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Part 8 Monopolistic Competition and Oligopoly Most markets are not pure monopolies or perfectly competitive, but lie in-between Monopolistic competition.

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Presentation on theme: "Part 8 Monopolistic Competition and Oligopoly Most markets are not pure monopolies or perfectly competitive, but lie in-between Monopolistic competition."— Presentation transcript:

1 Part 8 Monopolistic Competition and Oligopoly Most markets are not pure monopolies or perfectly competitive, but lie in-between Monopolistic competition is a model of a market that is competitive— many sellers, free entry—but with differentiated products Oligopoly has few sellers and involves strategic interaction between them which is difficult to predict

2 Monopolistic Competition Large number of firms Each firm produces a differentiated product Each firm’s product is a close but not perfect substitute for other firm’s products Firms compete on product quality, price and marketing (advertising and packaging) Firms are free to enter and exit

3 Monopolistic Competition Large number of firms means each firm is small relative to the whole market One firm’s actions have negligible effect on others No collusion is possible Each firm’s demand curve for its own brand will be downward sloping but highly elastic In the long run entry and exit will occur unless profits are just normal

4 Short Run Equilibrium P Q MC ATC D MR P* Q* Economic profit Same as monopoly equilibrium except that The demand curve will be more elastic

5 Long Run Equilibrium MC ATC D MR Q P P* Q* Long run equilibrium. New entry occurs which shifts each firm’s demand curve in until no economic profit remains

6 Monopolistic Competition and Efficiency ATC MC D MR Q’Q” P’ P” Monopolistic competition—higher prices, P > MC and excess capacity. Cost of product differentiation Excess capacity

7 Oligopoly Small number of firms in the market Barriers to entry Interdependence—what each firm will want to do will depend on what other firms do Oligopolists may try to collude Collusion may be formal (as in a cartel) or tacit Individual firms may have incentives to try to gain larger market share

8 Duopoly Models Two firms If they cooperate (collude) the result is the same as a monopoly and they share monopoly profit Non-cooperative duopoly Bertrand duopoly model Each firm sets a price taking the price of the other firm as given This leads to price wars Zero profit (competitive) equilibrium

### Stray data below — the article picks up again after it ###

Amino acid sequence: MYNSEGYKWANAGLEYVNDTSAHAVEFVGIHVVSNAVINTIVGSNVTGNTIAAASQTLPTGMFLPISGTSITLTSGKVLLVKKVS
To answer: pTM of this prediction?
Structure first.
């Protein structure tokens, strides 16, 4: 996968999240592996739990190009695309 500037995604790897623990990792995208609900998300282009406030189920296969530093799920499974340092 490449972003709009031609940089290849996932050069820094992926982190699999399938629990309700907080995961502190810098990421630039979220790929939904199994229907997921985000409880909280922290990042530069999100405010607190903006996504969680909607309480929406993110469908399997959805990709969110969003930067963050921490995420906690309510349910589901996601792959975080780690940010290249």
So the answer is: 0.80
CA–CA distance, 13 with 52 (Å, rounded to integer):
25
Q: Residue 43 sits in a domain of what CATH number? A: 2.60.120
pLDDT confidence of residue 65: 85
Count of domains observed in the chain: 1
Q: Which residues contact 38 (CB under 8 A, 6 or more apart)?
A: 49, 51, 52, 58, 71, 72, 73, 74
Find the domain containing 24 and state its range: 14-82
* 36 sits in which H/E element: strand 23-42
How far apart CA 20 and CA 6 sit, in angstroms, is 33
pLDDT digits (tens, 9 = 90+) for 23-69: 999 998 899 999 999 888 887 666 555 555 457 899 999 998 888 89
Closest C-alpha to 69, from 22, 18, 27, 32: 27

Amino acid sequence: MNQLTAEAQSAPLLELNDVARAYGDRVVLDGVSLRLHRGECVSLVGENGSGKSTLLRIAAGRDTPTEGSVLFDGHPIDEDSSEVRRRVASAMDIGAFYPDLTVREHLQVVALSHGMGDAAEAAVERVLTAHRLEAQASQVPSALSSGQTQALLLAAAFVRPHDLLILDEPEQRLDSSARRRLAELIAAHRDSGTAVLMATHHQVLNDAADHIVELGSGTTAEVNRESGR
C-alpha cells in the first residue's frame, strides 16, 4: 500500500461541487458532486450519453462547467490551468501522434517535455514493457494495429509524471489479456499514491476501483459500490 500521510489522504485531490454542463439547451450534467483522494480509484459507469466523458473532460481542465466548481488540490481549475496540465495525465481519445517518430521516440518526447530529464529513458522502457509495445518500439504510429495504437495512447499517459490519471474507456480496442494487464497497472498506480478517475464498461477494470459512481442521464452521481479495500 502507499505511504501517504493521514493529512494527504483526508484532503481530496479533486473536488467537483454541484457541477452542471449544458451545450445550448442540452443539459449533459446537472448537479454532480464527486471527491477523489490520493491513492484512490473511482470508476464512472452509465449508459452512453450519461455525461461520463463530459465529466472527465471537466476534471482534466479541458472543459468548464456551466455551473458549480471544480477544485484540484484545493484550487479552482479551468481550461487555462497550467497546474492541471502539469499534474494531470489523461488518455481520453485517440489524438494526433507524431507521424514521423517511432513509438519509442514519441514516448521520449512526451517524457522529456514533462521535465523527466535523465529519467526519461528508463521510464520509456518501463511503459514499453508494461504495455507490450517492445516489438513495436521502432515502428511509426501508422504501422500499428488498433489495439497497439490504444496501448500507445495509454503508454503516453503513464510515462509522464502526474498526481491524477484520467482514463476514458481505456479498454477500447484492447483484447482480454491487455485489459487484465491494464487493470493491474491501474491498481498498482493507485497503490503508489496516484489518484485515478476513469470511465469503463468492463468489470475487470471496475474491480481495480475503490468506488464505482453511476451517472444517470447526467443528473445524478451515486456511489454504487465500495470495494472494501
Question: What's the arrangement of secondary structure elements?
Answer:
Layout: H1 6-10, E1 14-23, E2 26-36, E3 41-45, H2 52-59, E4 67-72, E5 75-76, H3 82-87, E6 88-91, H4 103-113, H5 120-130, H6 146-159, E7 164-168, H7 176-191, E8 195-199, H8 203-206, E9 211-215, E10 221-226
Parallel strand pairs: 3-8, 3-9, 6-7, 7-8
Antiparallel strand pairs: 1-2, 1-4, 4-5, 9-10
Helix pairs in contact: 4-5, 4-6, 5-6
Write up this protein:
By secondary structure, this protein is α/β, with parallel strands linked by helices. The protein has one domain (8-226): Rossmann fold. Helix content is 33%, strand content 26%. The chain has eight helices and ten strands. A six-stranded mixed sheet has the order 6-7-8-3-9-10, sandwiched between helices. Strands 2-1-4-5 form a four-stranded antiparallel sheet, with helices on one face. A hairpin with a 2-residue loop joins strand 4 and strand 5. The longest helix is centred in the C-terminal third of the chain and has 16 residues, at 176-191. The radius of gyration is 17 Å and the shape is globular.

9 Duopoly Models Cournot duopoly model Each firm sets a quantity of output given the output of the other firm This leads to an equilibrium with a total output larger than a monopoly output but less than a perfectly competitive output

10 Game Theory Game theory looks at strategic behaviour A “Game” consists of a set of –Rules –Possible strategies –Payoffs Equilibrium of a game Nash Equilibrium: where each player is doing the best he can given what the other player is doing Dominant Strategy Equilibrium: where each player has a unique best strategy regardless of what the other player does

11 Game Theory Not all games have dominant strategies Games may have more than one Nash equilibrium Coordination game—which side of the road to drive on Left Right Left Right A B

12 Prisoners’ Dilemma Game A don’t confessconfess don’t confess B The prisoners cannot communicate. Given these payoffs each person will confess even although they would be better off if they both denied. Confess is a dominant strategy.

13 Application to a Cartel A cartel is a group of firms who enter into a collusive agreement to raise prices Each firm has a choice of sticking with the collusive agreement or cheating on the agreement by producing extra to increase its own profit Strategies to collude or to cheat

14 Cartels If both firms collude they behave like a monopolist and share the monopoly profit If both cheat the market becomes competitive and they both earn normal profit If one cheats and the other sticks with the agreement, the cheater makes large profits and the colluder makes a loss

15 Duopoly Payoff Matrix Firm A Firm B CheatComply Cheat Comply Dominant strategy is for each firm to cheat, despite the fact that both would be better off if they colluded. Nash equilibrium is cheat/ cheat cell.

16 Repeated Games Can overcome the prisoners’ dilemma in a repeated game This allows for strategies that elicit cooperation “Tit for tat” strategy Result will be a collusive equilibrium This could have been arrived at tacitly

17 Kinked Demand Curve Model Based on an assumption concerning the firm’s beliefs about what other firms will do in response to its own price changes If it raises its price—others will not follow If it lowers its price others will follow Demand is elastic above the current price and inelastic below Demand curve is kinked at the current price—MR is discontinuous below the kink

18 Kinked Demand Curve P Q D MR P’ Q’ MC’ MC” Firm’s price and quantity will not change as long as MC lies between MC’ and MC”

19 Some other Oligopoly Games Product differentiation Competitive advertising Other forms of non-price competition Price leadership—largest firm sets the price and other firms follow Oligopolies and restrictive trade practices Rent seeking activity


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